• Heating, ventilation & air conditioning (HVAC) controls
    • Who uses and makes smart products today?
    • Summary
  • Chapter 3
    • Introduction
    • Smart Grid pilot programs in the US
      • General Electric smart grid pilot in Martha’s Vineyard
      • Whirlpool Corporation in Houston and the Pacific Northwest
      • General Electric smart appliance pilot for Louisville Gas & Electric
      • PowerCentsDC smart meter pilot program in Washington, D.C.
      • General Electric and Reliant Energy in Texas
      • Constellation Energy smart orb project in Maryland
      • Verizon’s whole home approach in New Jersey
    • Smart Grid pilot programs outside the US
      • General Electric in Masdar City, United Arab Emirates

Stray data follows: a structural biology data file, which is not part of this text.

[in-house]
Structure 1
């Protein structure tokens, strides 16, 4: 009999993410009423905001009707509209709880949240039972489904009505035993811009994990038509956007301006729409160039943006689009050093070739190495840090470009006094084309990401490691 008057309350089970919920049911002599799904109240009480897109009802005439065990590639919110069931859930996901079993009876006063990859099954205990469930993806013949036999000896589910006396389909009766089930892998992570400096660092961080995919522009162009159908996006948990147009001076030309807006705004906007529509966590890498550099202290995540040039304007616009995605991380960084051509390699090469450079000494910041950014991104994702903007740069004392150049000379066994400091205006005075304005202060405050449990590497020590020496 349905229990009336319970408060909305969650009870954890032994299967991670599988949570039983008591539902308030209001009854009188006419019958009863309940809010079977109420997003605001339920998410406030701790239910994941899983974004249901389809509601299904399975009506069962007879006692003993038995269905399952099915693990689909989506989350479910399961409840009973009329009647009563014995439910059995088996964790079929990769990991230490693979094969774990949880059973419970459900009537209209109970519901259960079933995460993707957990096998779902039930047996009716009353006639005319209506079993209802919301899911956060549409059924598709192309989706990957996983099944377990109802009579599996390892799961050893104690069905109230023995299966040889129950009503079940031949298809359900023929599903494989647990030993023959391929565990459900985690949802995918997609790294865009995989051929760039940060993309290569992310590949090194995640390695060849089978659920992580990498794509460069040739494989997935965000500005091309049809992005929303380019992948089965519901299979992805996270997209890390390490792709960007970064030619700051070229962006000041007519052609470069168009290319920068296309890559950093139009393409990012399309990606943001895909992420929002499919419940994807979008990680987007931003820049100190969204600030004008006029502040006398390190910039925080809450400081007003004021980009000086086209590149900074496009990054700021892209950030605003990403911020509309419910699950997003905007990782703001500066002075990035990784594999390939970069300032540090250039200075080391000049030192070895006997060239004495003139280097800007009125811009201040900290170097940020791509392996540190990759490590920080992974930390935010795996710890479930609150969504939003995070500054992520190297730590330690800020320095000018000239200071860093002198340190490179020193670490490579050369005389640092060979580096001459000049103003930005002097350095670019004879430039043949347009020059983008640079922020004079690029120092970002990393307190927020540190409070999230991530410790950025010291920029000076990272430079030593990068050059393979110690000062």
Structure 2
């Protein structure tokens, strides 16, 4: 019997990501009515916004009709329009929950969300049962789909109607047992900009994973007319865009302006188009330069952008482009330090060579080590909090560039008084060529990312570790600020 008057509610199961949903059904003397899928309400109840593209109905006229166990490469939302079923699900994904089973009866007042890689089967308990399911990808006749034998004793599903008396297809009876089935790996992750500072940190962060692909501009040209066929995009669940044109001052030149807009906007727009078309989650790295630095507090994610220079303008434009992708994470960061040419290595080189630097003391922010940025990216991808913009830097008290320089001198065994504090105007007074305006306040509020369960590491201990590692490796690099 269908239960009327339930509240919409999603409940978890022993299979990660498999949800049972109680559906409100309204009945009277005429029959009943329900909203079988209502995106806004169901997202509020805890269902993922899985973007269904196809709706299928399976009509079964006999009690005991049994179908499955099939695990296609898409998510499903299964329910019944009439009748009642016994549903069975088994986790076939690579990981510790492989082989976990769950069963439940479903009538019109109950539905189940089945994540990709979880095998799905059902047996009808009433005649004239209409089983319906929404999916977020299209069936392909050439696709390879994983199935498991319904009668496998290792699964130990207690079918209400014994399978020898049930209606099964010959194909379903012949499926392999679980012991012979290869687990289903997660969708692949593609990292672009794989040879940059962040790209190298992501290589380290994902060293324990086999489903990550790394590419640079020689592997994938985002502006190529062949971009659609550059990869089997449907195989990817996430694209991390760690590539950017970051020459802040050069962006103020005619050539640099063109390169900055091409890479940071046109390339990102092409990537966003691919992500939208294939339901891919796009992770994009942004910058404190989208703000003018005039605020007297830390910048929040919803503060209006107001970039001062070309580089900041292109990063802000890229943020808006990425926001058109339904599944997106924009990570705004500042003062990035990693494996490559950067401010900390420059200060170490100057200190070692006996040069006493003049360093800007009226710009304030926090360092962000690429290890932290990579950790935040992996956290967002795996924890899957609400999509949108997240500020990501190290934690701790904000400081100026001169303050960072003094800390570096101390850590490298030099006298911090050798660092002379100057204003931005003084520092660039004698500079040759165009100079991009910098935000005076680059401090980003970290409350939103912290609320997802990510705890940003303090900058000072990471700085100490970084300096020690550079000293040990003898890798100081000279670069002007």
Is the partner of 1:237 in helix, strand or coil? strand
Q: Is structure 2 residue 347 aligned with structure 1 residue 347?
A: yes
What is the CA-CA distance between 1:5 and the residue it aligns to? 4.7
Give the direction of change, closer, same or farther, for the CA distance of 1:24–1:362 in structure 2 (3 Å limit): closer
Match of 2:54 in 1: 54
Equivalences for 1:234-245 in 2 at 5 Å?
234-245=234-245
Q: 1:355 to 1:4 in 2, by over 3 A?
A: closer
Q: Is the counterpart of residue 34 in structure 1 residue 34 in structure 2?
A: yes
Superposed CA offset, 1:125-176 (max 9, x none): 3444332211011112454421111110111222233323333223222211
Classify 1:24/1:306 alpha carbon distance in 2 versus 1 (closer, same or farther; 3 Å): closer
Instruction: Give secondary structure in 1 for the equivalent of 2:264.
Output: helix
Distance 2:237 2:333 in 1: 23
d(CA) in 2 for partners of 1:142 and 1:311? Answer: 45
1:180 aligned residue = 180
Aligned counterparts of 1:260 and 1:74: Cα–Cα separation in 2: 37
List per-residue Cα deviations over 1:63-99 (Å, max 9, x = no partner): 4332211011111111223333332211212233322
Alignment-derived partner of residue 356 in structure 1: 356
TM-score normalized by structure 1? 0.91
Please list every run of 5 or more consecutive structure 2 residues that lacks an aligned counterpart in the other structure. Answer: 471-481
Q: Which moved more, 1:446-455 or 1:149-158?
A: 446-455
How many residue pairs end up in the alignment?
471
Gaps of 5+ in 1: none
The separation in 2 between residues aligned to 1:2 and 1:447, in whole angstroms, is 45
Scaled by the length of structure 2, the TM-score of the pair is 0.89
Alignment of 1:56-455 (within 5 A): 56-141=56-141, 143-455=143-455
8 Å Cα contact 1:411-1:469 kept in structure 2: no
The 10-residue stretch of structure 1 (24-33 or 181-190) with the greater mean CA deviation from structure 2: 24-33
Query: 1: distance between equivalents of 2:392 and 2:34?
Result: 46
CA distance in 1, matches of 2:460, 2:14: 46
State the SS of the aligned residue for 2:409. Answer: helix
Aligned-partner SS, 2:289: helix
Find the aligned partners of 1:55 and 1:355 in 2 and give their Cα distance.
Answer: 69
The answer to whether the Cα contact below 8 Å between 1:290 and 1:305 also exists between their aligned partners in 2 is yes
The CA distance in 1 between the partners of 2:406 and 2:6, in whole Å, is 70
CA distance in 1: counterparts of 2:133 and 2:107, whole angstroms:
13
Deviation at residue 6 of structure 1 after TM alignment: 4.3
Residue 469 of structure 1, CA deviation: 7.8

• GE in China
      • Other Asian rollouts
      • Europe’s pilots
    • Smart meter companies and their products
      • The Google PowerMeter
      • GE and Fuji Electric
      • IBM
      • Siemens
      • Cisco Solutions
      • Oracle Solutions
      • Silver Spring Networks and Itron OpenWay
      • BPL Global
      • eMeter and Verizon
    • Smart appliance companies and their products
      • GE
      • Whirlpool
      • Electrolux
      • LG
      • Lighting control companies and their products
    • Smart HVAC companies and their products
    • The smart home: entertainment, security, and health
    • Summary
  • Chapter 4
    • Introduction
    • Drivers of smart home technologies
    • Connectivity
    • Portability
    • Immersivity
    • Home entertainment
    • Televisions
    • Home theater systems
    • Audio and video distribution
    • Smart home controllers
    • Security systems
    • Monitored systems
    • Security as part of whole-home control
    • Door hardware